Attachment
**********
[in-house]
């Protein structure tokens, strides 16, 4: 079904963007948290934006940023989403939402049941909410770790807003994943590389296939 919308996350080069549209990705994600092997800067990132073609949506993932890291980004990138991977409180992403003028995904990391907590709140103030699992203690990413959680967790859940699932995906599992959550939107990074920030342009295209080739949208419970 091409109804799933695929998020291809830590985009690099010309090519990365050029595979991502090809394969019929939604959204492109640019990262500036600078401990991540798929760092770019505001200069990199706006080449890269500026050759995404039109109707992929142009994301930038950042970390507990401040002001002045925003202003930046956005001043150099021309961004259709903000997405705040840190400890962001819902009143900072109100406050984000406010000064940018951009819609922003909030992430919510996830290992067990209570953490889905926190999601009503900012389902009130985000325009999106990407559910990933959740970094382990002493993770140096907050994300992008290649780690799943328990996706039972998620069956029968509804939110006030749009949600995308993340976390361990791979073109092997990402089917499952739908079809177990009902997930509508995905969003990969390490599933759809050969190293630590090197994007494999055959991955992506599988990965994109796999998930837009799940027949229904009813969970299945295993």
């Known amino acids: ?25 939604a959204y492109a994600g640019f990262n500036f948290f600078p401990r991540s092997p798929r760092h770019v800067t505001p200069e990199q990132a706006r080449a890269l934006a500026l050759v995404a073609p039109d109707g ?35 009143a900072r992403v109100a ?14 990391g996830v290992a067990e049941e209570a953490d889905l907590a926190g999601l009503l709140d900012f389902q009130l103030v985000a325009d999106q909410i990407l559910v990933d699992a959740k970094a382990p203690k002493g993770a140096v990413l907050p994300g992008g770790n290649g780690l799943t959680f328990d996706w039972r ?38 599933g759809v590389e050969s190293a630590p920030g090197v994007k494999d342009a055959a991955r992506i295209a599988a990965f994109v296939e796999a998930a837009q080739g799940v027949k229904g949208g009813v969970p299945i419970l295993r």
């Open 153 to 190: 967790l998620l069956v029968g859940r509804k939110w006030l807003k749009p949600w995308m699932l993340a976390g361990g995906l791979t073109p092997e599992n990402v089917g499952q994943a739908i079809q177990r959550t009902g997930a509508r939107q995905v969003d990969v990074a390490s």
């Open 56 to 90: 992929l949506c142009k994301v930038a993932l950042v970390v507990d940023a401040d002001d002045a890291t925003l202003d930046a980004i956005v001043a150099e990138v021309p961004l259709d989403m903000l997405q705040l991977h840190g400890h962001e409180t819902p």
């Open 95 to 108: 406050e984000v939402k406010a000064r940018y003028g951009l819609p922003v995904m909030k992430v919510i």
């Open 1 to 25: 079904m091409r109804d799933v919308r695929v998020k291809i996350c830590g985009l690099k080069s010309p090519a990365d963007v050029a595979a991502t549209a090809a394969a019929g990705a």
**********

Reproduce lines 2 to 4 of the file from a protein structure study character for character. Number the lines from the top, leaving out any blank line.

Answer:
């Protein structure tokens, strides 16, 4: 079904963007948290934006940023989403939402049941909410770790807003994943590389296939 919308996350080069549209990705994600092997800067990132073609949506993932890291980004990138991977409180992403003028995904990391907590709140103030699992203690990413959680967790859940699932995906599992959550939107990074920030342009295209080739949208419970 091409109804799933695929998020291809830590985009690099010309090519990365050029595979991502090809394969019929939604959204492109640019990262500036600078401990991540798929760092770019505001200069990199706006080449890269500026050759995404039109109707992929142009994301930038950042970390507990401040002001002045925003202003930046956005001043150099021309961004259709903000997405705040840190400890962001819902009143900072109100406050984000406010000064940018951009819609922003909030992430919510996830290992067990209570953490889905926190999601009503900012389902009130985000325009999106990407559910990933959740970094382990002493993770140096907050994300992008290649780690799943328990996706039972998620069956029968509804939110006030749009949600995308993340976390361990791979073109092997990402089917499952739908079809177990009902997930509508995905969003990969390490599933759809050969190293630590090197994007494999055959991955992506599988990965994109796999998930837009799940027949229904009813969970299945295993």
């Known amino acids: ?25 939604a959204y492109a994600g640019f990262n500036f948290f600078p401990r991540s092997p798929r760092h770019v800067t505001p200069e990199q990132a706006r080449a890269l934006a500026l050759v995404a073609p039109d109707g ?35 009143a900072r992403v109100a ?14 990391g996830v290992a067990e049941e209570a953490d889905l907590a926190g999601l009503l709140d900012f389902q009130l103030v985000a325009d999106q909410i990407l559910v990933d699992a959740k970094a382990p203690k002493g993770a140096v990413l907050p994300g992008g770790n290649g780690l799943t959680f328990d996706w039972r ?38 599933g759809v590389e050969s190293a630590p920030g090197v994007k494999d342009a055959a991955r992506i295209a599988a990965f994109v296939e796999a998930a837009q080739g799940v027949k229904g949208g009813v969970p299945i419970l295993r």
């Open 153 to 190: 967790l998620l069956v029968g859940r509804k939110w006030l807003k749009p949600w995308m699932l993340a976390g361990g995906l791979t073109p092997e599992n990402v089917g499952q994943a739908i079809q177990r959550t009902g997930a509508r939107q995905v969003d990969v990074a390490s």